Bear hunting season starts . . .

. . . October 15. Be there or be square.
Something odoriferous comes this way . . .

Here's a news story about breaking new ground in the legal profession:

Man Charged With Passing Gas at Cop

SOUTH CHARLESTON, W.Va. (Sept. 25) -- A West Virginia man who police
said passed gas and fanned it toward a patrolman has been charged with
battery on a police officer.

Jose A. Cruz, 34, of Clarksburg, was pulled over early Tuesday for
driving without headlights, police said. According to the criminal
complaint, Cruz smelled of alcohol, had slurred speech and failed three
field sobriety tests before he was handcuffed and taken to a police
station for a breathalyzer test.

As Patrolman T.E. Parsons prepared the machine, Cruz scooted his chair
toward Parsons, lifted his leg and "passed gas loudly," the complaint

Cruz, according to complaint, then fanned the gas toward the officer.

"The gas was very odorous and created contact of an insulting or
provoking nature with Patrolman Parsons," the complaint alleged.

He was also charged with driving under the influence, driving without
headlights and two counts of obstruction.

Cruz acknowledged passing gas, but said he didn't move his chair toward
the officer nor aim gas at the patrolman. He said he had an upset
stomach at the time, but police denied his request to go to the
bathroom when he first arrived at the station.

"I couldn't hold it no more," he said.

He also denied being drunk and uncooperative as the police complaint
alleged. He added he was upset at being prepared for a breathalyzer
test while having an asthma attack. The police statement said he later
resisted being secured for a trip to a hospital that he requested for
asthma treatment.

Cruz said the officers thought the gas incident was funny when it
happened and laughed about it with him.

"This is ridiculous," he said. "I could be facing time."

I don't know; just seems like something Dogboy would do . . .
So misunderstood . . .

Act I, pirates seize "big boat" with an array of tanks and ammunition . . .

Act II, pirates are surrounded by U.S. Navy . . .

Act III, pirates meet media and claim they are misunderstood . . .

Act IV, shit happens . . .

Somali Pirates Tell All

The Somali pirates who hijacked a Ukrainian freighter loaded with tanks, artillery, grenade launchers and ammunition said in an interview Tuesday that they had no idea that the ship was carrying arms when they seized it on the high seas. . . .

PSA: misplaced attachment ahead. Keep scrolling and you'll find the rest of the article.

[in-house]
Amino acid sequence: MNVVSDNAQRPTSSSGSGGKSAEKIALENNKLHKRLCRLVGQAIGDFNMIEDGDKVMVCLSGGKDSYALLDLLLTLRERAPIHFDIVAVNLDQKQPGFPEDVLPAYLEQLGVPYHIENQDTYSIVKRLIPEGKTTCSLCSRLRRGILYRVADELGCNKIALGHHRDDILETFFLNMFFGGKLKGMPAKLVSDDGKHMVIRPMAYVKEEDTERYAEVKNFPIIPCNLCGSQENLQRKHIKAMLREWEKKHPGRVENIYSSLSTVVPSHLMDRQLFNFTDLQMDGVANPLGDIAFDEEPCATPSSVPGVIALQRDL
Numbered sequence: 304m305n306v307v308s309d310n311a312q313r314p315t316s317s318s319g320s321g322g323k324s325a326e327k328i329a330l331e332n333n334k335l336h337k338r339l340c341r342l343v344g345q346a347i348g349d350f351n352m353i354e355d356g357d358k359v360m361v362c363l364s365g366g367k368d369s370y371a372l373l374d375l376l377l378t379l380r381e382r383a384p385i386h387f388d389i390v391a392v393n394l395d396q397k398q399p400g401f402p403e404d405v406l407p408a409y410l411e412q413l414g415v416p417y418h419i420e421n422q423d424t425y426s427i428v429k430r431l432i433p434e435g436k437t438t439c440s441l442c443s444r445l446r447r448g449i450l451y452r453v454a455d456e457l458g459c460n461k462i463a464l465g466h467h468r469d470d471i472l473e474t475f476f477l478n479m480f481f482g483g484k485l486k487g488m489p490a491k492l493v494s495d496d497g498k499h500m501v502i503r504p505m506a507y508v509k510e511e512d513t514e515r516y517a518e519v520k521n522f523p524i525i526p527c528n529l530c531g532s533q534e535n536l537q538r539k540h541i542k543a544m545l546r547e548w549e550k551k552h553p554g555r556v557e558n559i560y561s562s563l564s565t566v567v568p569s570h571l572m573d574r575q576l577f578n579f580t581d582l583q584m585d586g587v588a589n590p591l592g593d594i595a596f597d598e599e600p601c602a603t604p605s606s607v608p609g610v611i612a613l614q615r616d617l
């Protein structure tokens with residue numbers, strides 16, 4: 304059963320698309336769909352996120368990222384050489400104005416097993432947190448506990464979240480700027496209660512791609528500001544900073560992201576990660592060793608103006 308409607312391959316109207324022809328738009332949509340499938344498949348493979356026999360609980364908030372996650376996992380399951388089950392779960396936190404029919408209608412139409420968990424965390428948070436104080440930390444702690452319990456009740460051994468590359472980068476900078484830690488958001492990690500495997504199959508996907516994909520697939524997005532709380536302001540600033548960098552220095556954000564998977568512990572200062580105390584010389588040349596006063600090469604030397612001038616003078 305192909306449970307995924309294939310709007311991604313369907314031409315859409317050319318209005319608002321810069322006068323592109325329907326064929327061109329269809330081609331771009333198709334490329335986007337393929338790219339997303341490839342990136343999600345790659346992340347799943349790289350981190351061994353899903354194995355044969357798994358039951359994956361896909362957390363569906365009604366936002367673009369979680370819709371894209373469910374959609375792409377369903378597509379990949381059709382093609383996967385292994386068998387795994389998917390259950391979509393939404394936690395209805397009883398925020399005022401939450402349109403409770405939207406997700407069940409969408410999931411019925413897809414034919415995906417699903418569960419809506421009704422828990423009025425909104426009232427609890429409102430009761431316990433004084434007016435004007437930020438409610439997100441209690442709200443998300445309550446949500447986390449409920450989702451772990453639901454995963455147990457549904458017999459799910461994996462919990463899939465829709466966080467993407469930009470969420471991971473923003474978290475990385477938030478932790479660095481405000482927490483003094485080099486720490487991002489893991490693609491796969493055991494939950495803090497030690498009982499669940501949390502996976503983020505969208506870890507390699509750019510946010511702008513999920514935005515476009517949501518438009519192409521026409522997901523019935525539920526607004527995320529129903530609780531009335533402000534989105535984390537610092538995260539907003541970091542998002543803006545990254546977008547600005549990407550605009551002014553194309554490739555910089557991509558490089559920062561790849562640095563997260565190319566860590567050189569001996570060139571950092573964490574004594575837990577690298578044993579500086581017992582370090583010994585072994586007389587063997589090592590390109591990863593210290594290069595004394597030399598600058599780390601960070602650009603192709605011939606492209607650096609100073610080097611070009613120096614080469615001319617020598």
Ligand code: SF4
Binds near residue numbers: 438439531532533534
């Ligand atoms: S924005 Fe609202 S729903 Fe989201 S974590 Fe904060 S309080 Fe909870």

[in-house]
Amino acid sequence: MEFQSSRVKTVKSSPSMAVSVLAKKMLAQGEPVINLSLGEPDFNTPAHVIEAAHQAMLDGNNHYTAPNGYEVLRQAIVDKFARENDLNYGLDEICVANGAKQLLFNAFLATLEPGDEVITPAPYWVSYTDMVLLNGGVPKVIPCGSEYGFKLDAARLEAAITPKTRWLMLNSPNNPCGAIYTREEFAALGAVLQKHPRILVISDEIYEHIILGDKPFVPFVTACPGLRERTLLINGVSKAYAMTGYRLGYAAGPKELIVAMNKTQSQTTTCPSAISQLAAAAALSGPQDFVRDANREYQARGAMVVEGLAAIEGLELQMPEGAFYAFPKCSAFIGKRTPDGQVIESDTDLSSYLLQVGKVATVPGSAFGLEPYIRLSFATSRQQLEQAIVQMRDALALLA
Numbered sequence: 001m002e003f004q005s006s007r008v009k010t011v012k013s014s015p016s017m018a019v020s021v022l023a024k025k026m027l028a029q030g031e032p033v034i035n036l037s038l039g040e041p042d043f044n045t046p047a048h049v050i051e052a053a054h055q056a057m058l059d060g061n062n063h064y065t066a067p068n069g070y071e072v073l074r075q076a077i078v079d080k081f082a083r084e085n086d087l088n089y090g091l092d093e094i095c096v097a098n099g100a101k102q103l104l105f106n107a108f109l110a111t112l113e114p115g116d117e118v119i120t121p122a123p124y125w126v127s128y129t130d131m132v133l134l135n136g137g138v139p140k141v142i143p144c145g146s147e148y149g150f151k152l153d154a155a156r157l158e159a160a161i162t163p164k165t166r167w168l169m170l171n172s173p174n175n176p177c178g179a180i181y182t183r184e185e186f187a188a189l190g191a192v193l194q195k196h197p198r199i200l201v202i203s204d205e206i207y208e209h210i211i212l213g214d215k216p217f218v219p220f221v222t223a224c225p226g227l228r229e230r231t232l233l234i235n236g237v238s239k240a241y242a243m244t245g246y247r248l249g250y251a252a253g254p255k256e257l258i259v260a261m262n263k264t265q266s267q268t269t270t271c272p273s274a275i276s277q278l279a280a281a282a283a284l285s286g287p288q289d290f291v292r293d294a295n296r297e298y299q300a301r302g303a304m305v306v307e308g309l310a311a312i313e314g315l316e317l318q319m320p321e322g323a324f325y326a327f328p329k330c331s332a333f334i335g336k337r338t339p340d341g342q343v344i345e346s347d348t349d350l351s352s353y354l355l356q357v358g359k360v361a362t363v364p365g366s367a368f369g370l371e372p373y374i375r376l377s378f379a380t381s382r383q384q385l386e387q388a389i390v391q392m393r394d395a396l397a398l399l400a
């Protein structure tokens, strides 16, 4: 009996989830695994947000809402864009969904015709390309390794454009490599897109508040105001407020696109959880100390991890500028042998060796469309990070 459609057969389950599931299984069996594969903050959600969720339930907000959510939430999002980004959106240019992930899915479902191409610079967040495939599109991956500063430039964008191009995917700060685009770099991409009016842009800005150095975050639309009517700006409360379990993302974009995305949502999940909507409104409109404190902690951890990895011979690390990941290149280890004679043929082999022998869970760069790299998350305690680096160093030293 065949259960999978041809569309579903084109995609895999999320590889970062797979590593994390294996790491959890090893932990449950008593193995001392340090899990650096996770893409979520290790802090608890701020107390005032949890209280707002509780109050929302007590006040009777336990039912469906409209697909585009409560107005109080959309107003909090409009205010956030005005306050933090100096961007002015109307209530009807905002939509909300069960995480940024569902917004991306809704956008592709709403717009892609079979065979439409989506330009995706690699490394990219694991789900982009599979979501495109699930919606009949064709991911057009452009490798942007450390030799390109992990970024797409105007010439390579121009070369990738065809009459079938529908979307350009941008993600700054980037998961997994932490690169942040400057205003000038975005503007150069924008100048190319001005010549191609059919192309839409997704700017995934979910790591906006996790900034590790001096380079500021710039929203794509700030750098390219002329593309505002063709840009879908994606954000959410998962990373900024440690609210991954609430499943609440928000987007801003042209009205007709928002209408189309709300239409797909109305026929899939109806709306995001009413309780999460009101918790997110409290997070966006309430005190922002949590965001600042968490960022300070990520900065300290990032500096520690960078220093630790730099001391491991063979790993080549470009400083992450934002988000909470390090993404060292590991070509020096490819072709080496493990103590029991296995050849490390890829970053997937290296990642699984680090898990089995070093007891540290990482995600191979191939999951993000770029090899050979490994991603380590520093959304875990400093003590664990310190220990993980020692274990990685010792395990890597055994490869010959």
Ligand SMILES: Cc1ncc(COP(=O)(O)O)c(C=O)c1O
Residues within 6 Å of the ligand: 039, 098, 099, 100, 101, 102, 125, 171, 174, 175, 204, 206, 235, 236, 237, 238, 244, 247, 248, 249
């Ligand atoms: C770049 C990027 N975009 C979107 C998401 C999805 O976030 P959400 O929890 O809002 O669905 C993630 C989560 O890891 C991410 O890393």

He said that so far, in the eyes of the world, the pirates had been misunderstood. “We don’t consider ourselves sea bandits,” he said. “We consider sea bandits those who illegally fish in our seas and dump waste in our seas and carry weapons in our seas. We are simply patrolling our seas. Think of us like a coast guard.”

Gee, wonder what happens next.

The plot of these real world events is roughly similar to a Dreamland installment back a few books ago, except for Act III. That was a twist I didn't think of . . . guess I'm just not sensitive enough...
So shoot me . . .

People scold me for forgetting to link to the website:

Click here to pre-order the book from B&N online.
It means sell, sell, sell

So I had to go up to the Club today and have lunch with the judge so he'd fix my ticket. On the way through the dining room, I heard the following:

"I picked my Wall St. Journal up from the driveway this morning and it had fox scat on it! Yellow fox scat. What do you think that means?"

"Sell like there's no tomorrow."
Rogue Warrior: Dictators Ransom update

People ask about the signing schedule . . .

Dick is doing some signings at military bases on the east coast around the middle of October when the book comes out. He's also probably going to be in San Antonio during that same period doing appearances there. Last I heard, nothing has been set up in NYC, but that may change.

The schedule is actually set by the publisher, but it has to coordinate with Dick's schedule, which can be pretty nutso.

We're hoping to get a list of the appearances on the book's website: shortly. You can also go from there to Dick's main site, which is a good way to keep up with him directly.

Truth is, I'm a flea on the back of the dog when it comes to most of the promotion stuff for Rogue Warrior. We have a publicity manager as well as people at the publisher who handle all that. Dick handles the appearances and the interviews himself as a general rule.

Me - pretty much I stay in the bar and drink beer. Who the hell wants to hear me talk?
Bailout or surrender?

The Treasury Secretary's proposal to stave off the eminent collapse of our financial system represents a unique opportunity to begin a restructuring that will lessen the power of the international corporations and ultra-rich, reestablishing principles that have guided this country's best days since the Pilgrims tripped over the rocks at Plymouth. It is nothing less than a test of Lincoln's maxim that the U.S. should be a government "of the people" - of all the people, not just the obscenely wealthy and well-connected ones.

You can look at it from a conservative, liberal, libertarian, main street view - the plan as presently stated reeks, rewarding not just derelict behavior but the financial equivalent of mass murder and terrorism. Lacking even the simplest guarantees and oversights, it is little better than legalized robbery of common taxpayers, future as well as present.

And with the lobbyists working overtime, maybe there's no hope.